when the fertilized egg splits into 2 zygotes
  • what happens when a zygote splits at 0-4 days?
    splits between 2 cell stage and morula. --> fused placenta or separate placenta = dichorionic diamniotic
  • what happens when a zygote splits between 4-8 days?
    splits between morula and blastocyst stage: --> monochorionic diamniotic
  • what happens when a zygote splits between 8-12 days?
    splits between blastocyst and formation of embryonic disc: --> monochorionic monoamniotic
  • what happens when a zygote splits after 13 days?
    splits after embryonic disc formation --> monochorionic monoamniotic conjoined twins
  • what is the relative prevalence of the different types of twins?
    dizygotic = 80% monozygotic = 20% - dc/da= 25% - mc/da= 75% - mc/ma= <1%
  • what is the 1st site of nutrient and gas exchange between mother and fetus?
    placenta
  • what is cytotrophoblast?
    inner layer of chorionic villi
  • cytotrophoblast makes what?
    cells
  • what is syncitiotrophoblast?
    outer layer of chorionic villi; secretes hCG
  • function of hCG?
    stimulates corpus luteum to secrete progesterone during first trimester
  • hCG is structurally similar to what?
    LH
  • what are the fetal components of the placenta?
    cytotrophoblast syncytiotrophoblast
  • what are the maternal components of the placenta?
    1. decidua basalis
  • decidua basalis is derived from what?
    endometrium. maternal blood in lacunae
  • how many umbilical arteries are there?
    2
  • what is the function of the umbilical arteries?
    return deoxygenated blood from internal iliac arteries to placenta
  • how many umbilical veins are there?
    1
  • function of the umbilical vein?
    supplies oxygenated blood from placenta to fetus; drains via ductus venosus into IVC
  • single umbilical artery is associated with what?
    congenital and chromosomal anomalies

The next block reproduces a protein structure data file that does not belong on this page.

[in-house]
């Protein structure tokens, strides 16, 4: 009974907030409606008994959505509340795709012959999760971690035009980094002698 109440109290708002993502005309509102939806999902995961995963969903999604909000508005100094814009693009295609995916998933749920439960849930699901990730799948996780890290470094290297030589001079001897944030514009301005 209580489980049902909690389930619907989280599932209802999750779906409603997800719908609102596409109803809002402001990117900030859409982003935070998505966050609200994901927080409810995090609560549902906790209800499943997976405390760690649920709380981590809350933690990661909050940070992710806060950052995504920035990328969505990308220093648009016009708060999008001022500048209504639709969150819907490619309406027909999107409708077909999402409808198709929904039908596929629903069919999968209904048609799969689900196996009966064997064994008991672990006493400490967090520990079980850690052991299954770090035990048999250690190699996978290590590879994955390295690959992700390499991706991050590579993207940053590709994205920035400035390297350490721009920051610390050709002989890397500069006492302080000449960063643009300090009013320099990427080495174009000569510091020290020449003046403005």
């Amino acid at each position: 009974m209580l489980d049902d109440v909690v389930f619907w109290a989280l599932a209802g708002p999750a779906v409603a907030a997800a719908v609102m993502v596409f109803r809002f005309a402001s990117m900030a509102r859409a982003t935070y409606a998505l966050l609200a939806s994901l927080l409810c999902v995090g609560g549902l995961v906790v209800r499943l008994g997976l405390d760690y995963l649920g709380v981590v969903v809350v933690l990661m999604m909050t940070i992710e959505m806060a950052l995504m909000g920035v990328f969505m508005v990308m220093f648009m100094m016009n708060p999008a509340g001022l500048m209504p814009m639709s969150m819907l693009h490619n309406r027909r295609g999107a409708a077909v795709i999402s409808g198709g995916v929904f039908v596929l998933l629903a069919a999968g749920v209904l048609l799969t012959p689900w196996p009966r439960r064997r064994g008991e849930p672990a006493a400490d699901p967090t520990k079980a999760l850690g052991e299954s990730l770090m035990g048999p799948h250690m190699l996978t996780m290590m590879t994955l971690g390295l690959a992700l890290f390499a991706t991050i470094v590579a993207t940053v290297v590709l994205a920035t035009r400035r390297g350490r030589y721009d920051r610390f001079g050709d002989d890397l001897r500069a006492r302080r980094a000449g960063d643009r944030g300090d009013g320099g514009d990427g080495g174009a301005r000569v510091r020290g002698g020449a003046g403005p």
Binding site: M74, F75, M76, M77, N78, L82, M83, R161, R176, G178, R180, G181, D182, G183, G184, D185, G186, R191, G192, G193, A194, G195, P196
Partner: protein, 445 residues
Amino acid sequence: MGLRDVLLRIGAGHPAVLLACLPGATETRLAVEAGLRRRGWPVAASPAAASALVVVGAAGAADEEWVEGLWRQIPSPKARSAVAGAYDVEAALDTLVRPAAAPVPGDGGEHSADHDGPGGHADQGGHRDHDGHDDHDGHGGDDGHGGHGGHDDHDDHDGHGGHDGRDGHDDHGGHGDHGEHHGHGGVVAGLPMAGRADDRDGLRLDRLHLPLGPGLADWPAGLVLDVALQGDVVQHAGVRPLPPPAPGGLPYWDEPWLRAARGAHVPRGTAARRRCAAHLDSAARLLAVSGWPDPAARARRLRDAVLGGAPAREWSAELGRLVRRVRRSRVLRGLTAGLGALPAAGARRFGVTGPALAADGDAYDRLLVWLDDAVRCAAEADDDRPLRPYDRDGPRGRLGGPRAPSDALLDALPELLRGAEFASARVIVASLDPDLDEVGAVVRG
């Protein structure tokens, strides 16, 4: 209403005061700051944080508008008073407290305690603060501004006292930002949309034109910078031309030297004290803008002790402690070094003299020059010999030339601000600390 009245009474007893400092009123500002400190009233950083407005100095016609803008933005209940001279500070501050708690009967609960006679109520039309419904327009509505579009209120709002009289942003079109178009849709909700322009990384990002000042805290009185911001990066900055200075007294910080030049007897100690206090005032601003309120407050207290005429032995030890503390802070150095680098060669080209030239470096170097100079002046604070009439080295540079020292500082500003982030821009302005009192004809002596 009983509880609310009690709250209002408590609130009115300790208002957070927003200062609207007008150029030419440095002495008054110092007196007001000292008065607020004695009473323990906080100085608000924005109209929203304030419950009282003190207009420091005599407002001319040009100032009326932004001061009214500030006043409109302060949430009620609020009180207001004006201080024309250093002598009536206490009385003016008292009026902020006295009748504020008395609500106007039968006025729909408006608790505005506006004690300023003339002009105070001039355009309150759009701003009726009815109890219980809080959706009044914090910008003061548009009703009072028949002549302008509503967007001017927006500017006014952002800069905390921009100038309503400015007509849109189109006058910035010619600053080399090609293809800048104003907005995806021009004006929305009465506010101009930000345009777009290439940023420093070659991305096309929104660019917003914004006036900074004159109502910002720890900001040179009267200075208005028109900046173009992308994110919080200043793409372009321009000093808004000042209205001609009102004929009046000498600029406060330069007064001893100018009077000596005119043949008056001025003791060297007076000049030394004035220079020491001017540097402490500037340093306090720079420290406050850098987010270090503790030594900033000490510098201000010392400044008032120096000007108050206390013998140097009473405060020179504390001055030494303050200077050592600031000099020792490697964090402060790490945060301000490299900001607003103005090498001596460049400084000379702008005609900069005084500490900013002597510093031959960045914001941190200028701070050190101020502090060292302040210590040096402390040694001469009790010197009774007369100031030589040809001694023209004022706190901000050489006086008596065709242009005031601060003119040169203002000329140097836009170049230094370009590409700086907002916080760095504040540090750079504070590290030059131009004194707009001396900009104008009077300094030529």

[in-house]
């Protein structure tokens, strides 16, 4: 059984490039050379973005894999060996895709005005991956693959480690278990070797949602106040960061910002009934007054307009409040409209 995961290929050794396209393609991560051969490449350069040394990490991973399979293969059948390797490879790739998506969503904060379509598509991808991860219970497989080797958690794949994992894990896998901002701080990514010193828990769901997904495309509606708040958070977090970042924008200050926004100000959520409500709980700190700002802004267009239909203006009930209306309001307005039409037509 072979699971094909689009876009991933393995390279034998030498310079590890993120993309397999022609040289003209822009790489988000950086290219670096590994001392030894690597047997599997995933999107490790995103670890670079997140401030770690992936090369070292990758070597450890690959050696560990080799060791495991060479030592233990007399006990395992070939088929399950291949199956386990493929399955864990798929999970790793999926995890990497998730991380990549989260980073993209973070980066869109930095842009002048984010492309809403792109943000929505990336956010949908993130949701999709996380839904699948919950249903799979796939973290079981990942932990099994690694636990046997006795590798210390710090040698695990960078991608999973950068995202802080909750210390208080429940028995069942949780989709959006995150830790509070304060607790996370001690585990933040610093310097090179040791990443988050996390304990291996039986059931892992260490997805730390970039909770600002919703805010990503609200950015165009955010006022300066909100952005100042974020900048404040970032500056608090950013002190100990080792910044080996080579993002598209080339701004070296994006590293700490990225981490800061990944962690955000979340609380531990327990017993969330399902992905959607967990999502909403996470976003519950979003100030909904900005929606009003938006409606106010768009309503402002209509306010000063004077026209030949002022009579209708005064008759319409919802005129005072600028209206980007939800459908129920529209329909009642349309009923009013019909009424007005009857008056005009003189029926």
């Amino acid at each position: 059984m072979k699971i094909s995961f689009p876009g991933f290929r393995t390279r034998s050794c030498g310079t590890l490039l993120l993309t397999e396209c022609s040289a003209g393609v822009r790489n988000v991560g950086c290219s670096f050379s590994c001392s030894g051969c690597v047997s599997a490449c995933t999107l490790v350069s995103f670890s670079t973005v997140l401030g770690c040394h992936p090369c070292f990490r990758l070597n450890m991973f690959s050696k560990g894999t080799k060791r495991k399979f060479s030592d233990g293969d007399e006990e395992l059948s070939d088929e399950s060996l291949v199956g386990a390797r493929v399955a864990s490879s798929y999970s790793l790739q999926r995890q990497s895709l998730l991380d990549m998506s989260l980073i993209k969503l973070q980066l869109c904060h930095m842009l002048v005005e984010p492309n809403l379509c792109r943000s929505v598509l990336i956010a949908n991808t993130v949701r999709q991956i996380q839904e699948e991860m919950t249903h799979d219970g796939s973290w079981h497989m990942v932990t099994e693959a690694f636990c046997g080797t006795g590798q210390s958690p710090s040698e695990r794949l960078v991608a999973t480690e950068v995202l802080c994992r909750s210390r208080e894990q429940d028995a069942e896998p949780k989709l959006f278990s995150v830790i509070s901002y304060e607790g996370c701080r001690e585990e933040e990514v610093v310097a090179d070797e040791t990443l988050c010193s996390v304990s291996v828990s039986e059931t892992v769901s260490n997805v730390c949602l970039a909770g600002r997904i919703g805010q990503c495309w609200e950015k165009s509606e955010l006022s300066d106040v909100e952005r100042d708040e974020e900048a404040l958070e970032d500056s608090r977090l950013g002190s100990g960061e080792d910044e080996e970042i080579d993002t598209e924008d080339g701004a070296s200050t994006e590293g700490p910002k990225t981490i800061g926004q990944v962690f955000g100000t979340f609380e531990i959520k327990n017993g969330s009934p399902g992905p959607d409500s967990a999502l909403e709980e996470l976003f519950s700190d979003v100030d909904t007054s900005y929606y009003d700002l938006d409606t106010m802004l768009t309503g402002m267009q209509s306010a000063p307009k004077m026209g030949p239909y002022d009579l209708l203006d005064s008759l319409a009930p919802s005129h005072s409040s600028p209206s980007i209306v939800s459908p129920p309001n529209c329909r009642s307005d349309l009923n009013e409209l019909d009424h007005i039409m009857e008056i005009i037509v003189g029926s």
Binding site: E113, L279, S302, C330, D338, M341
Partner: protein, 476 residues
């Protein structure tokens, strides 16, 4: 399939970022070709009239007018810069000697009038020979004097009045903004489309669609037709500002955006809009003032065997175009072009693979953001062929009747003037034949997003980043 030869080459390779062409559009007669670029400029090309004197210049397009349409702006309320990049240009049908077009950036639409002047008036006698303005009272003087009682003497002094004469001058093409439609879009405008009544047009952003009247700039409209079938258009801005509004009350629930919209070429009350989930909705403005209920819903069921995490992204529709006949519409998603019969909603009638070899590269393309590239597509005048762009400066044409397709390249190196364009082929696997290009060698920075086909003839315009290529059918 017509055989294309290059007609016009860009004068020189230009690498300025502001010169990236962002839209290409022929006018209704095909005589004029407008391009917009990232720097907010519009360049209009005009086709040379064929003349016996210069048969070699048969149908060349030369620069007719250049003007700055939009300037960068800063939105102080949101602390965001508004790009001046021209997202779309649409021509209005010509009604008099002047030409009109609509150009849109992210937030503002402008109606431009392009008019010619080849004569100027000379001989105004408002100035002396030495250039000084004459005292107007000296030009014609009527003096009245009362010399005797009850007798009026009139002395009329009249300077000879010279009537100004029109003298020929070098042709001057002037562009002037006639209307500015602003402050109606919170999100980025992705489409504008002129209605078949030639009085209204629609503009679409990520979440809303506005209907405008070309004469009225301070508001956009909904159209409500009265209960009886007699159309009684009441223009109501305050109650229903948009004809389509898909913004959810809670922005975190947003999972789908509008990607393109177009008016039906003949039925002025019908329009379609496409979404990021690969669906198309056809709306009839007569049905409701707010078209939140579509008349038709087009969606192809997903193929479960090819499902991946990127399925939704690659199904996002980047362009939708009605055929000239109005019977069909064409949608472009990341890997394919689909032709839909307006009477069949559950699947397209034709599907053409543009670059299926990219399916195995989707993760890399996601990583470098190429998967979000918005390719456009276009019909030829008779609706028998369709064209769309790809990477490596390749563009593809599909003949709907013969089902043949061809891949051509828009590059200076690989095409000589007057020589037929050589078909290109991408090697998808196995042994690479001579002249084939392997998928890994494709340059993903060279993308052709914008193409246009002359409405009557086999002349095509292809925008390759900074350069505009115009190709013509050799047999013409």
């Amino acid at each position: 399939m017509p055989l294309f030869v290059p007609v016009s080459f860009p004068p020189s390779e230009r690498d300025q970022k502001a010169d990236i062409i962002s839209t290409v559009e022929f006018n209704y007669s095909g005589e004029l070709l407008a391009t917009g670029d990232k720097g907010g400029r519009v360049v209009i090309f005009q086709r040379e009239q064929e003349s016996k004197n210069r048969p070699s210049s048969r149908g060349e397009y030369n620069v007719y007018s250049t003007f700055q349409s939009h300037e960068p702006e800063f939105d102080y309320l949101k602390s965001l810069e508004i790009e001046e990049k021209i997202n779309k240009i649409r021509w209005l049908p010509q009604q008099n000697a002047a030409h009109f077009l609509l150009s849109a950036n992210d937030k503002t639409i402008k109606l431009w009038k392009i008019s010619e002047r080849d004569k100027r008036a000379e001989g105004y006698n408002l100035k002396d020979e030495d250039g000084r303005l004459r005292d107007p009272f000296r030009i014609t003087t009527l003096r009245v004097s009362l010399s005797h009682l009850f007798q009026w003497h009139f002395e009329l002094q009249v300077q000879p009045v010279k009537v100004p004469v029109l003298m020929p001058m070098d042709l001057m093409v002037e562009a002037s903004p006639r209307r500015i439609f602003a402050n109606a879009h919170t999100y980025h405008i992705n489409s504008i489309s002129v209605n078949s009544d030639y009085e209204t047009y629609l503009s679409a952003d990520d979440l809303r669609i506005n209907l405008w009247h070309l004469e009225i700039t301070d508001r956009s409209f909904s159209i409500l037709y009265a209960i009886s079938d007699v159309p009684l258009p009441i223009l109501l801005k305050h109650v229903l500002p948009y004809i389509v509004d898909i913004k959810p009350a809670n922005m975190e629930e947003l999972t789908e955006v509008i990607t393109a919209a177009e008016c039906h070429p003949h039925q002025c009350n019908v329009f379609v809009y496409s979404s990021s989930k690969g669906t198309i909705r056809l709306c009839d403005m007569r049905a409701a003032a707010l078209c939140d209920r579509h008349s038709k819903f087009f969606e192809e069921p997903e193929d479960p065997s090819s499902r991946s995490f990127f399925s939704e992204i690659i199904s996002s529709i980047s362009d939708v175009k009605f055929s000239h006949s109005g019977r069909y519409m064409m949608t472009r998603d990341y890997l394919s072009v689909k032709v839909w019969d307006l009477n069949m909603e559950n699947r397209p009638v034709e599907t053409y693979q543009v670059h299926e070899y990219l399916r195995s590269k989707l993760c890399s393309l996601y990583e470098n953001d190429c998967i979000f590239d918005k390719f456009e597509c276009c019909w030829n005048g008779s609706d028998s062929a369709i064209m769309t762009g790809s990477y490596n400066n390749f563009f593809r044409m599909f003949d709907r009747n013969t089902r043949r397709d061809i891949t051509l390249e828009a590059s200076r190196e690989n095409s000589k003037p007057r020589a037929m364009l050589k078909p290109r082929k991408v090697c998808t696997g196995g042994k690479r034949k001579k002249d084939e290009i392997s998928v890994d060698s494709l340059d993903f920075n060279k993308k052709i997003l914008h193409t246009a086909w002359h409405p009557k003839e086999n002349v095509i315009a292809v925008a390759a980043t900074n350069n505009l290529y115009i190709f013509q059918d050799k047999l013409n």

• umbilical arteries and veins are derived from what?
    allantois
  • what are the structures that make up allantois?
    1. allantoic duct 2. amniotic epithelium 3. umbilical arteries 4. umbilical vein 5. Wharton's jelly
  • how does urachal duct develop?
    "3rd week- yolk sac forms allantois, which extends into urogenital sinus. allantois becomes urachus"
  • what is the urachus?
    a duct between the bladder and the yolk sac
  • what are the consequences of failure of urchus to obliterate?
    patent urachus- urine discharge from umbilicus vesicourachal diverticulum- outpouching of the bladder
  • what is the other name for the vitelline duct?
    omphalo-mesenteric duct
  • what does the vitelline duct do?
    connects yolk sac to midgut lumen
  • when does obliteration of the vitelline duct occur?
    7th week
  • what are the consequences of failure of vitelline duct to close?
    "vitelline fistula--> meconium discharge from umbilicus meckel's diverticulum- partial closure, with patent portion attached to ileum. may have ectopic gastric mucosa--> melena, periumbilical pain, ulcer"
  • the aortic arch derivatives develop into what?
    the arterial system
  • what are the derivatives of the 1st aortic arch?
    part of maxillary artery (branch of external carotid) 1st arch is maximal
  • what are the derivatives of the 2nd aortic arch?
    stapedial artery and hyoid artery second=stapedial
  • what are the derivatives of the 3rd aortic arch?
    Common Carotid artery and proximal part of internal Carotid artery C is 3rd letter of the alphabet
  • what are the derivatives of the 4th aortic arch?
    "on left, aortic arch on right, proximal part of right subclavian artery"
  • what are the derivatives of the 6th aortic arch?
    proximal part of pulmonary arteries an (on left only) ductus arteriosus 6th arch= pulmonary and the pulmonary to systemic shunt
  • branchial apparatus is also called what?
    pharyngeal apparatus
  • branchial apparatus is composed of what?
    "branchial clefts, arches, and pouches CAP covers outside from inside: Clefts= ectoderm Arches= mesoderm Pouches= endoderm"